run the PVC pipe horizontal (and preferably level or with a slight 2° downward angle) through the wall to where it needs to go.. add the double, triple, quadruple manifold (if gluing, preferably 24 hrs in advance) This is now your feeder pipe FROM the rad.

Mount the second PVC pipe & manifolds about one foot higher as the top of the radiator - horizontally (and preferably level or with a slight 2° downward angle towards the RAD) This is now your return pipe TO the rad.

Before connecting up with the top of the rad (you might need an S bend for that); add in a PVC "T" pointing upwards and have one foot of the same pipe pointing upwards. This will become you fill & balancing pipe & reservoir.

You rad is now ready for gravity feed operation. smile.gif

Start filling up the radiator slowly as you would any. At some point most of the air will be out of the system and you might even start seeing some ware coming in through the return pipe. Time to put the radiator cap on and continue filling slowly through the vertical balancing pipe.

Continue till it (almost) overflows then its time to start the pumps (not the PCs, only the pumps, use a separate PSU to temporarily plug in the pump if needed or if more convenient)

Since there is more as enough air stil trapped in nooks & crannies, you'll get some spluttering till most of that air is replaced by water.

You may need to top up during this process.

Now let run for 24 hrs, sporadically checking for leaks or if the system needs to be topped up.

The vertical pipe now acts as a reservoir/ air trap. The liquid in this vertical pipe should NOT be overflowing, it should be no more as a few inched above the horizontal pipe. Maybe halfway up.

Now its time to convert this pipe to a balancer : just slide a rubber balloon (or even a condom) over the pipe. This is mainly to prevent dust or nasties from choosing to start a new life in the pipe. At the same time... if the liquid level rises because of thermal expansion.. there is enough room for it. And should the pressure rise a lot (which it wont, but IF), then this is where it goes without being lost (iow it keeps your loop pressurised). And when the level drops because PCs being idle on a cold night (thermal shrinking) there is enough reserve in the balancer to avoid air getting sucked into the loop.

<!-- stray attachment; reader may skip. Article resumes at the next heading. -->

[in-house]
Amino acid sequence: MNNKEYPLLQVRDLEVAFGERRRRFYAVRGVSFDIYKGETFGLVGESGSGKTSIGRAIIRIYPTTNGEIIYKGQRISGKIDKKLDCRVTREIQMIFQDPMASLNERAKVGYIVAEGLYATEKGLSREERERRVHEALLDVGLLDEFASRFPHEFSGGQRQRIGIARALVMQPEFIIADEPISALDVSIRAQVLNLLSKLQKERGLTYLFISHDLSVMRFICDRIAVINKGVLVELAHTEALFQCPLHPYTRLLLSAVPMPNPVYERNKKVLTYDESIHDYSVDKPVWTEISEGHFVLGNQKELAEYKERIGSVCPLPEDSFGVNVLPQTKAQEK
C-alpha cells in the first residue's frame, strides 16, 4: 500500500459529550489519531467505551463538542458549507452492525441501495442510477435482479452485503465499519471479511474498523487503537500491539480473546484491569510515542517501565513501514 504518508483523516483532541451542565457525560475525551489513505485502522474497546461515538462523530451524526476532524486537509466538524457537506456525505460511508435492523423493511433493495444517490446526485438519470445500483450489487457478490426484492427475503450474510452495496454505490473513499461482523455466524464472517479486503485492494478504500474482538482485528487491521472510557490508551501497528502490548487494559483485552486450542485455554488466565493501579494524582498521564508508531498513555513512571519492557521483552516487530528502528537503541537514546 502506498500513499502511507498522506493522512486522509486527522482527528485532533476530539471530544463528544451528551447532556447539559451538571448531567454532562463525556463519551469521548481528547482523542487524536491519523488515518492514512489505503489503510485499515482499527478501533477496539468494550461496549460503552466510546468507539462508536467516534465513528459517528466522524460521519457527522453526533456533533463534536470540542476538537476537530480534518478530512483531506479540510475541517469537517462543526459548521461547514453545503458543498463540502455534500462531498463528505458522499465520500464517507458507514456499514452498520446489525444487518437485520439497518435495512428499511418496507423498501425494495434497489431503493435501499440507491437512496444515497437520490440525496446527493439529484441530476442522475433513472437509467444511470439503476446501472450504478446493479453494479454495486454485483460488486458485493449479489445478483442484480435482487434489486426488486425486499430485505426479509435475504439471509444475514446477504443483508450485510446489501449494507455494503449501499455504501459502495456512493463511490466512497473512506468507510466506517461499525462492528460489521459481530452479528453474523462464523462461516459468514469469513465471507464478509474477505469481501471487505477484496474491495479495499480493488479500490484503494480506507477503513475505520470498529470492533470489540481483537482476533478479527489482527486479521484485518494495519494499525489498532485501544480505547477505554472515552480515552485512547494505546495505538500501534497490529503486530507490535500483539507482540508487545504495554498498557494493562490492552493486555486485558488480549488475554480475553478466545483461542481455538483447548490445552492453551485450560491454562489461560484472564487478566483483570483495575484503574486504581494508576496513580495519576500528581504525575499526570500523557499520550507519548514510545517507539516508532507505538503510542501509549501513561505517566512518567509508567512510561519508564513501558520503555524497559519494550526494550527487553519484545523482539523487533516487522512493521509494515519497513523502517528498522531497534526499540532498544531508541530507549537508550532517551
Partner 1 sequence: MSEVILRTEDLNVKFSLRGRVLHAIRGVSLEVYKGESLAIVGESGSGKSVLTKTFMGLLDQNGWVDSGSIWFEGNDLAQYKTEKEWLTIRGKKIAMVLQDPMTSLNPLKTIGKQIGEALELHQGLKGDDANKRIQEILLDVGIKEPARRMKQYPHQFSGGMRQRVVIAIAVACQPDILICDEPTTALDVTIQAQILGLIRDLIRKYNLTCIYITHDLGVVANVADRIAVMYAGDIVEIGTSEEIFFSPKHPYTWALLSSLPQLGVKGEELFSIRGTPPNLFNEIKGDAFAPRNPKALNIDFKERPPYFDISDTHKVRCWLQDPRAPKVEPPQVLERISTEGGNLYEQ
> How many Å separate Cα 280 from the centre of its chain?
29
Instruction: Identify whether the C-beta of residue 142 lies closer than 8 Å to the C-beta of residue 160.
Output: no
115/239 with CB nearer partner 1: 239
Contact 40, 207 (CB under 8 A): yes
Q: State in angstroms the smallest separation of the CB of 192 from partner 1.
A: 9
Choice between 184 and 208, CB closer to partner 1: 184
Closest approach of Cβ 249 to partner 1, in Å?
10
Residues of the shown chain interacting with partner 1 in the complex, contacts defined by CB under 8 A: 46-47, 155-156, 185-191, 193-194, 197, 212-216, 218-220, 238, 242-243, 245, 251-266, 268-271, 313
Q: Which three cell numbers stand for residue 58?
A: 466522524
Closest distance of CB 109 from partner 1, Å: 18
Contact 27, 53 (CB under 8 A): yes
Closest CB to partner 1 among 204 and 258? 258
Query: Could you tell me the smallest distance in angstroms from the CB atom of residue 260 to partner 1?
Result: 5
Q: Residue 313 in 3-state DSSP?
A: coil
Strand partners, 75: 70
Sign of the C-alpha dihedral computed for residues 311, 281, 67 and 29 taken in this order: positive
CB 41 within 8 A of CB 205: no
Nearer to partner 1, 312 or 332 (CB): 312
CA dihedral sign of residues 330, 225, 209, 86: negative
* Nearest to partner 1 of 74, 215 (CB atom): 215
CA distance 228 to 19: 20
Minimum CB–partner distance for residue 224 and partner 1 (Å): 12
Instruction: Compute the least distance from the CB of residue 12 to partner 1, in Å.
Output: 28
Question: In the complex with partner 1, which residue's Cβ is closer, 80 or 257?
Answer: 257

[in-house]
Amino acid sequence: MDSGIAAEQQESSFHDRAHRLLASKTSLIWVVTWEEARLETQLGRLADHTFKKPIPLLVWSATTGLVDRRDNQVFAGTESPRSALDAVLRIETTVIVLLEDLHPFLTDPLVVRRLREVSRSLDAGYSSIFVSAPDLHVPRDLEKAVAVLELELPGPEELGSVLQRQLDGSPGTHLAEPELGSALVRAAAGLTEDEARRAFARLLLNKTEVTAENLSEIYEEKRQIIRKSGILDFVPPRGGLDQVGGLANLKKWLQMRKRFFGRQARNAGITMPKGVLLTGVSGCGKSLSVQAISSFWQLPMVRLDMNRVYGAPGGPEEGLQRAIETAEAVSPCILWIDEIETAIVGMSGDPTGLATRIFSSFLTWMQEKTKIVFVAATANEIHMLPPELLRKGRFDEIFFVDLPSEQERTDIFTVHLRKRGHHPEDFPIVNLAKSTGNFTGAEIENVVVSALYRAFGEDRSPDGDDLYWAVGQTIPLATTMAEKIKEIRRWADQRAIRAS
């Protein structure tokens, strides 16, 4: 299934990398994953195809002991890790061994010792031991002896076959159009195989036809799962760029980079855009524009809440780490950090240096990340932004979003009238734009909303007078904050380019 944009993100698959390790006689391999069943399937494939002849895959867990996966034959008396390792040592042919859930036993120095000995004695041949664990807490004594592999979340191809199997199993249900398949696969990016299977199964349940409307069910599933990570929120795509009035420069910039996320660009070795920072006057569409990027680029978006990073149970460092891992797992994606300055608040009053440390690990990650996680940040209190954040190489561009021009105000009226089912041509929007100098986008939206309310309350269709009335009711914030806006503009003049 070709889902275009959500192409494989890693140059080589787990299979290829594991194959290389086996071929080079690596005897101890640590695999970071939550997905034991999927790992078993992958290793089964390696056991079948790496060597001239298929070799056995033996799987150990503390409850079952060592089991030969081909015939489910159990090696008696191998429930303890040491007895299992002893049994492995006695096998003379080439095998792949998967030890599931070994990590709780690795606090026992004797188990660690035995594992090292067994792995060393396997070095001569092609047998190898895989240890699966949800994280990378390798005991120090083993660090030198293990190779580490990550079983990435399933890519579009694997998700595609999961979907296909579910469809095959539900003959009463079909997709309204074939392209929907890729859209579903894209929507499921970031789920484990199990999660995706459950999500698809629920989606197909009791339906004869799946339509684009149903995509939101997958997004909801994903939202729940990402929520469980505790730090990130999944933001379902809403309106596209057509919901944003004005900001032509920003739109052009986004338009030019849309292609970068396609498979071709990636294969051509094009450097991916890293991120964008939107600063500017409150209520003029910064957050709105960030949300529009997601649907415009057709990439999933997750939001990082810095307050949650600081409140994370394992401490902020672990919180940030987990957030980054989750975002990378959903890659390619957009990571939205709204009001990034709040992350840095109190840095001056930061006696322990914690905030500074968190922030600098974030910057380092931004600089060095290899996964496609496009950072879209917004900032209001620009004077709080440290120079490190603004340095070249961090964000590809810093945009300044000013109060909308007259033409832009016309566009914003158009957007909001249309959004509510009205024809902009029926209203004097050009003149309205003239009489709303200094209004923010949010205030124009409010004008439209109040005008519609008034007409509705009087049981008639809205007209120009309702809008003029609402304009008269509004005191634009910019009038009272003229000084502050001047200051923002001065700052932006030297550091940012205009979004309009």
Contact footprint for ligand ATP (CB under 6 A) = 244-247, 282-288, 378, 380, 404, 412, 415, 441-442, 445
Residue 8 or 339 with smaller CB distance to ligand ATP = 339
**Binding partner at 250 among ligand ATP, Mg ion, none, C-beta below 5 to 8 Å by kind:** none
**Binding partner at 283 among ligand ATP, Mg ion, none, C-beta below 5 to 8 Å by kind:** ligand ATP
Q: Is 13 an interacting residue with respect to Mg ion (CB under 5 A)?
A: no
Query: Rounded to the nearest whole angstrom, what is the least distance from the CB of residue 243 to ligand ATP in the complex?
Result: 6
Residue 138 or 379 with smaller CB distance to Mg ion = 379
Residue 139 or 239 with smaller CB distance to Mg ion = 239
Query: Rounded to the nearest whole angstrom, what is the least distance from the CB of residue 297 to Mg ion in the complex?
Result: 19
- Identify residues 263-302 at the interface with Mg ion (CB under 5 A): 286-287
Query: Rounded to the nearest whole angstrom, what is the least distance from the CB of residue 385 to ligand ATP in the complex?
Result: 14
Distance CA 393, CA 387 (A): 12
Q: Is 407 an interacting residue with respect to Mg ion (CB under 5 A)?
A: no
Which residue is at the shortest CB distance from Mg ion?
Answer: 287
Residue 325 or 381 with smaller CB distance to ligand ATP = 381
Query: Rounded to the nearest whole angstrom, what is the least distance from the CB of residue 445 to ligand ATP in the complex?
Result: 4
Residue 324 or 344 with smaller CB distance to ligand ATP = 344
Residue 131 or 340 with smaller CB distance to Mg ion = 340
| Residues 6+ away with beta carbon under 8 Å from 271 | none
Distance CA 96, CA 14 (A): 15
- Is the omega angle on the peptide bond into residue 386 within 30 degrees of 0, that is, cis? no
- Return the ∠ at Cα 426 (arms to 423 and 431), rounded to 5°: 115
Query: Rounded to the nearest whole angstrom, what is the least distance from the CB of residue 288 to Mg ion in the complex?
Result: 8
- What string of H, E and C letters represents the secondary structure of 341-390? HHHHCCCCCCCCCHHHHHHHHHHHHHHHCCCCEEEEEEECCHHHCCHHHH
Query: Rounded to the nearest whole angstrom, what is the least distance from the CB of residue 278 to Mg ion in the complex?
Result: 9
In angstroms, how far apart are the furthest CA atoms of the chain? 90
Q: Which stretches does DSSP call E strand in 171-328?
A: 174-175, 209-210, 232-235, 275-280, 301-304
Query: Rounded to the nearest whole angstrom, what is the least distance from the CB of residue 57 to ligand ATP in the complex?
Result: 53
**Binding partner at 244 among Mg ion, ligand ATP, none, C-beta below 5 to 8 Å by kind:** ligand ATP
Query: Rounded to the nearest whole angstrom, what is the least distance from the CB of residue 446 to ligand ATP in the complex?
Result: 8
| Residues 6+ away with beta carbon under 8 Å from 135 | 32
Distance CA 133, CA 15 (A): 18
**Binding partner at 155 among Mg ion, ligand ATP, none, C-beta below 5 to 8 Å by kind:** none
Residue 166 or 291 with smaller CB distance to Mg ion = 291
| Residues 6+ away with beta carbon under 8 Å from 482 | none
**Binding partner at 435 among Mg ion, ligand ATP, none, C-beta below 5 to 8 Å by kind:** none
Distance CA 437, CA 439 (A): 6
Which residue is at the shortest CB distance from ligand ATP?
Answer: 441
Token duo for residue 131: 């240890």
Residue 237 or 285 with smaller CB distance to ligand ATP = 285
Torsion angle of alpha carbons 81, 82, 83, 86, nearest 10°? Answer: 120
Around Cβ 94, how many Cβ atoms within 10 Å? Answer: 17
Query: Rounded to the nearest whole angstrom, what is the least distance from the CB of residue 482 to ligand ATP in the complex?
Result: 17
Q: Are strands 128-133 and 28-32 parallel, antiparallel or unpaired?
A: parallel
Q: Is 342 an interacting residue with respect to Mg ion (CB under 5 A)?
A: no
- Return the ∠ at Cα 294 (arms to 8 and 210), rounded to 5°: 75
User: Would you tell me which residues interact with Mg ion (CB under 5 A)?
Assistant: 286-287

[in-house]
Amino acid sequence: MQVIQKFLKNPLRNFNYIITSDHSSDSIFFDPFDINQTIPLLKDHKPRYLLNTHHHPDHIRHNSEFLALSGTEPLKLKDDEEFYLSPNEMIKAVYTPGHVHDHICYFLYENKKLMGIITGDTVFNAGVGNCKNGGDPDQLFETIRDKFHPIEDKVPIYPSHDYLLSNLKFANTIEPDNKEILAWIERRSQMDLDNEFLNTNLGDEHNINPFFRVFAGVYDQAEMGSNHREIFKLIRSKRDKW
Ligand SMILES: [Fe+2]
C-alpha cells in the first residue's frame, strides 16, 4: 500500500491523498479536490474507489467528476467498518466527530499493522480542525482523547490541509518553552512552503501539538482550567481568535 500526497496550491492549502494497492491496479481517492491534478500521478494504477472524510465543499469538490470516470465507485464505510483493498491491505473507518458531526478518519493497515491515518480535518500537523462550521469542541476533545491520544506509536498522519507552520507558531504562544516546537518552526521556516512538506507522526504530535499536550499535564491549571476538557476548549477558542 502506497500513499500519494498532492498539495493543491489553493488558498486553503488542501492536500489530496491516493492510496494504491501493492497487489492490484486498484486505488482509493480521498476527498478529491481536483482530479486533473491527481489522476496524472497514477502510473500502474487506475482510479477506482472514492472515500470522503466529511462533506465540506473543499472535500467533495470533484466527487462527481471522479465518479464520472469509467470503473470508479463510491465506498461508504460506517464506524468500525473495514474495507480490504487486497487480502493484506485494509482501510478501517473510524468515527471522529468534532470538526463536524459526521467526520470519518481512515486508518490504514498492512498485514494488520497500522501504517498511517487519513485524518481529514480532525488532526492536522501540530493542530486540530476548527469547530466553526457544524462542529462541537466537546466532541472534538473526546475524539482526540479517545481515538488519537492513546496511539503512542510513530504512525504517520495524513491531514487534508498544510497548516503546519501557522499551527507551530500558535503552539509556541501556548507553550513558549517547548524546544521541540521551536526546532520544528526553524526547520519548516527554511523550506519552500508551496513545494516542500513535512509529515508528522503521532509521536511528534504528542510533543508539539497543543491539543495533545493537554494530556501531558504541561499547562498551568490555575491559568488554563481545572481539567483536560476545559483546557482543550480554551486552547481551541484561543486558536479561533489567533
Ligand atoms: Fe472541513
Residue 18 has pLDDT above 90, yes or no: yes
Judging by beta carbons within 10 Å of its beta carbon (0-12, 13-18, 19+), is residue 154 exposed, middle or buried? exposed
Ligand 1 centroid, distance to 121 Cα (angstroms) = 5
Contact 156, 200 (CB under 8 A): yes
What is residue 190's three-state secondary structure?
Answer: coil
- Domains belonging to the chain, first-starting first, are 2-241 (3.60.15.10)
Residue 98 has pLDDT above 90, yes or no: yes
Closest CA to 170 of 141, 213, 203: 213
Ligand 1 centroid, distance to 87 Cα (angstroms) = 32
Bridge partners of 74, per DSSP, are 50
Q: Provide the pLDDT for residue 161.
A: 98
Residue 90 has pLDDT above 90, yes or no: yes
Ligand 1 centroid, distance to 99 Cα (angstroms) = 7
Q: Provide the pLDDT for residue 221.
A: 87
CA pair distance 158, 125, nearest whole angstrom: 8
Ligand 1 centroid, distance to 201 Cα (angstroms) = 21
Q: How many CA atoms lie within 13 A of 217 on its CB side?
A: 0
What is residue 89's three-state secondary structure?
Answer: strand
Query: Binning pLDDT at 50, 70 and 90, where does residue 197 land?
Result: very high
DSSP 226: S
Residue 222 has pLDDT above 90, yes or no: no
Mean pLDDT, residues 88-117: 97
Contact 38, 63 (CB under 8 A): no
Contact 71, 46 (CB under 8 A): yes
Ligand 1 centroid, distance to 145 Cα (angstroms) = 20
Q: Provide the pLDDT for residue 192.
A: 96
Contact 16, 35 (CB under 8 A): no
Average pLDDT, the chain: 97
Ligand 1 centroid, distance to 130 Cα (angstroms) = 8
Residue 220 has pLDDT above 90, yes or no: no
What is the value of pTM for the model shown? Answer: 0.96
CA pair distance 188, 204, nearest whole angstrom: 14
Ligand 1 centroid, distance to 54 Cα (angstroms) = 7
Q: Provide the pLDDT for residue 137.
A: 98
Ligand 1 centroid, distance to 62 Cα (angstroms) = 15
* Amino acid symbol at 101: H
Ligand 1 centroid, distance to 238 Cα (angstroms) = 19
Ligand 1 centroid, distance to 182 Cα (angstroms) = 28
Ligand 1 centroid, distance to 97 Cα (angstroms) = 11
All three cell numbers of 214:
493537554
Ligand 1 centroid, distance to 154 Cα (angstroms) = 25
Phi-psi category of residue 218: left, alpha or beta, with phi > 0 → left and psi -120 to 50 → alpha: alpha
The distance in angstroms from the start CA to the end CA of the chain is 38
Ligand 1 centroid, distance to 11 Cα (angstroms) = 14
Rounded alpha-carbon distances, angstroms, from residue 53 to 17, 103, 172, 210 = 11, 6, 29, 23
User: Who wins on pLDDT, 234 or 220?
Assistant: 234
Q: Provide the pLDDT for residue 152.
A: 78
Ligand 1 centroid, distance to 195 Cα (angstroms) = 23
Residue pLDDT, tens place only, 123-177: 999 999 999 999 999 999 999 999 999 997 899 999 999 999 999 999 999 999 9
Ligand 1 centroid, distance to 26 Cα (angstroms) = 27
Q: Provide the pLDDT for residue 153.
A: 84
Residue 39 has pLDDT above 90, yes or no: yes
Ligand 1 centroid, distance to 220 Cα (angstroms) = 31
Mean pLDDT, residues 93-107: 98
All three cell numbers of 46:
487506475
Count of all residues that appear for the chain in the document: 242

Of course, this is only one possible setup, there ARE other ways of doing it, but this is frankly one of the easiest ways of doing.

PS: yes, Linus did it wrong smile.gif


NOTE: For those that are going to argue that the D5 pump does have "no suction" and thus it wont work.. it doesn't matter.. we have + 1 gallon of liquid "pushing" at 1 G at the "suction" end. And since the D5 has ~10 feet "head", unless the car rad is 9 feet tall, there should be no issue on that "lifting" front either smile.gif

Extra note: Need to do some calculations: because of the "gravity feed" nature of this setup, there might be a limit on the number of ports (PCs) on the manifold... but need more exact numbers for that ... ie total volume of water held in the Rad , but from the top of my head, the "weight" of one gallon of water above the bottom manifold should be enough for at least a 5 port manifold....
Especially when using "big-bore" pipe smile.gif Where is Archimedes when you need him? smile.gif

Reality is futile, you will be assimilated by (your) perception.

Golden Rule(s) for Fans: CHEAP + SILENT = NO PERFORMANCE ▼ CHEAP + PERFORMANCE = NOT SILENT ▼ SILENT + PERFORMANCE = NOT CHEAP
+Most SILENT Case Fans are not well suited for CPU-HS-Towers or Radiators
+Most SILENT Case Fans are not well suited for cases, especially if they have filters. (added by doyll on 23/04/2014)
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post #703 of 754 (permalink) Old 08-22-2015, 03:34 PM